SUMTER, S.C. — The Sumter community is taking notice as a man tries to clean up Dillon Park in his free time.
"It’s just unbelievable," Akridge Stone thought when he saw the trash lying on the ground at the park.
"This is too nice a place for people to bring their kids, you see all these ballparks for the kids to come out and have to see all this trash," he shared. "They got to realize that other people’s kids come here and they see this stuff and they pick it up. And if there's germs everywhere then they’re gonna get 'em."
To keep busy and get in some exercise during the height of the COVID-19 pandemic, Akridge - who goes by Stoney - started to pick up.
"I’m up there in age and I don't want to quit moving myself 'cuz if I do I feel like I might not start moving again," Stoney shared. "Trying to build my legs up so if I had to run, I could run."
Now three years later, he goes to the park nearly seven days a week with a picker in hand.
"It’s anywhere from 45 minutes to an hour and a half just according to how much trash it is," he explained.
Residents like Karen James tell me they’re grateful for Stoney and all he does.
"It sort of makes your day," James told me. "You know, it gives you a new outlook on people. It really does."
"There are a lot of good hearted people but they’re hard to find nowadays," Zoie Blanding added. "You know its a lot that’s going on nowadays, a lot of bad things. A lot of good things too but you know it’s like the bad is over weighing the good, so it makes me happy to know somebody’s out here that’s still helping the community."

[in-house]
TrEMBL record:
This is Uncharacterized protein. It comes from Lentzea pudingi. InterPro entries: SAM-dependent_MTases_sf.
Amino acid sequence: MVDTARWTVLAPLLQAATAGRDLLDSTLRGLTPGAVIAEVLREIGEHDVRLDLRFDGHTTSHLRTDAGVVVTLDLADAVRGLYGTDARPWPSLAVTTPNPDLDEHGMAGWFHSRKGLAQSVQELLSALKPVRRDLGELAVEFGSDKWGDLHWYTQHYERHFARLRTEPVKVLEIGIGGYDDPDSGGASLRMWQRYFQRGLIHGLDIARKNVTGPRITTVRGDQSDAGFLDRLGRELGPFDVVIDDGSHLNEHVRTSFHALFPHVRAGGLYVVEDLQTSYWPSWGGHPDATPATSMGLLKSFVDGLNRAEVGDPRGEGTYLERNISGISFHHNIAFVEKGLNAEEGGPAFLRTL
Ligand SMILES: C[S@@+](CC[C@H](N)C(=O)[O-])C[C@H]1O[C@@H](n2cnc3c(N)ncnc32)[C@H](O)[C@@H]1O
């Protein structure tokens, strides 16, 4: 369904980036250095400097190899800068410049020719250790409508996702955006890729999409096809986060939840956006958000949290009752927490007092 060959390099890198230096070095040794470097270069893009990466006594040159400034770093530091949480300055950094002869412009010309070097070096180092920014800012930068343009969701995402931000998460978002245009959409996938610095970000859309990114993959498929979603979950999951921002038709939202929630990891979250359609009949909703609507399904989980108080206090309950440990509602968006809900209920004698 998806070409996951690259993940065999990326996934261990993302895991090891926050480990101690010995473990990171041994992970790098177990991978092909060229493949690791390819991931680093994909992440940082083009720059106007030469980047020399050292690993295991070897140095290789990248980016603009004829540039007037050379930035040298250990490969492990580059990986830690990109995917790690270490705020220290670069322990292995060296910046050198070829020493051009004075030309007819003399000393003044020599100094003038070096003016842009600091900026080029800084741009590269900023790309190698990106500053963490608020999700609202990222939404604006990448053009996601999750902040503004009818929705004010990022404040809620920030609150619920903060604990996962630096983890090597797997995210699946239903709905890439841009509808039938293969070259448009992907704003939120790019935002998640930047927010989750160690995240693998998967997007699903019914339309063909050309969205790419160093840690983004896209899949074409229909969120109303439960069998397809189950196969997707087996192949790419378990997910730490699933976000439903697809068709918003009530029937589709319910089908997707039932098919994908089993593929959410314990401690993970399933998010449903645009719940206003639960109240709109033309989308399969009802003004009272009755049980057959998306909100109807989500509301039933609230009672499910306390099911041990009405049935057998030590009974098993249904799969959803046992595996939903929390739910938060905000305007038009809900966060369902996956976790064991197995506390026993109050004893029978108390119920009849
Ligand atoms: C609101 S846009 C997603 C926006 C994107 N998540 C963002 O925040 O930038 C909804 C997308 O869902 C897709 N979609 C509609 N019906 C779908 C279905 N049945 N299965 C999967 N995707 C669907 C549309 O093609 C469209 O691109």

While Stoney gets upset by all the trash, he says encouragement from the community is helpful.
"I get so many compliments from people I see walking out here tell me how much they appreciate it," he explained. "And that makes me feel a little bit better."
"Through the grace of God you want somebody to take care of the environment so it will be healthier for everyone," park goer Terrence Hart said.
But in the end, Stoney wishes people would stop littering.
"We live in a wonderful place. This is a nice little town. And I wish people that throw the trash out could appreciate what a wonderful place we live, how blessed we are to live in a place like this," James explained. "And please don’t litter! Just don’t litter."
In an effort to cut down litter in Sumter, the city and county organize periodic community clean up days and outreach efforts. Residents can also report litter hotspots to the city.
"I think they’re just ignorant, or they just don’t give a rat. It’s one or the other," Stoney said. "There really is no excuse for it. Look at all the trash cans we got! Trash cans around every ball field."